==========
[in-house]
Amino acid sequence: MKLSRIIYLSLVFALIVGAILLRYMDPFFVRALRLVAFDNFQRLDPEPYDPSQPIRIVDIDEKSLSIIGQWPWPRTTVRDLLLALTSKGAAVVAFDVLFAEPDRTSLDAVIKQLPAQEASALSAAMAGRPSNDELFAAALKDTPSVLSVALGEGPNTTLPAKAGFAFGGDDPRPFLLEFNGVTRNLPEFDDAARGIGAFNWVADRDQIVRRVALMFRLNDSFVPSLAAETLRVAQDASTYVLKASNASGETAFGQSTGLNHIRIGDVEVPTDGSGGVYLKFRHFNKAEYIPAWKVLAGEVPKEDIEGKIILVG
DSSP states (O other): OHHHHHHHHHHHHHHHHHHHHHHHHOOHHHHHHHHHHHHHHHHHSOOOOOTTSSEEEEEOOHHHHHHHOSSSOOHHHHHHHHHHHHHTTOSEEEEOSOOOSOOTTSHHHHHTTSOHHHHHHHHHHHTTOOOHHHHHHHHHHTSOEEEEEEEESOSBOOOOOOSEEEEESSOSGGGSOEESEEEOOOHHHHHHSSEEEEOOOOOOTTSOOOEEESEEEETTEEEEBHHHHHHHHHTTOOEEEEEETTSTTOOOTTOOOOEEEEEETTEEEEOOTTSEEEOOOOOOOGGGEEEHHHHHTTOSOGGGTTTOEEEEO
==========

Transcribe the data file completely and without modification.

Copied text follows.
[in-house]
Amino acid sequence: MKLSRIIYLSLVFALIVGAILLRYMDPFFVRALRLVAFDNFQRLDPEPYDPSQPIRIVDIDEKSLSIIGQWPWPRTTVRDLLLALTSKGAAVVAFDVLFAEPDRTSLDAVIKQLPAQEASALSAAMAGRPSNDELFAAALKDTPSVLSVALGEGPNTTLPAKAGFAFGGDDPRPFLLEFNGVTRNLPEFDDAARGIGAFNWVADRDQIVRRVALMFRLNDSFVPSLAAETLRVAQDASTYVLKASNASGETAFGQSTGLNHIRIGDVEVPTDGSGGVYLKFRHFNKAEYIPAWKVLAGEVPKEDIEGKIILVG
DSSP states (O other): OHHHHHHHHHHHHHHHHHHHHHHHHOOHHHHHHHHHHHHHHHHHSOOOOOTTSSEEEEEOOHHHHHHHOSSSOOHHHHHHHHHHHHHTTOSEEEEOSOOOSOOTTSHHHHHTTSOHHHHHHHHHHHTTOOOHHHHHHHHHHTSOEEEEEEEESOSBOOOOOOSEEEEESSOSGGGSOEESEEEOOOHHHHHHSSEEEEOOOOOOTTSOOOEEESEEEETTEEEEBHHHHHHHHHTTOOEEEEEETTSTTOOOTTOOOOEEEEEETTEEEEOOTTSEEEOOOOOOOGGGEEEHHHHHTTOSOGGGTTTOEEEEO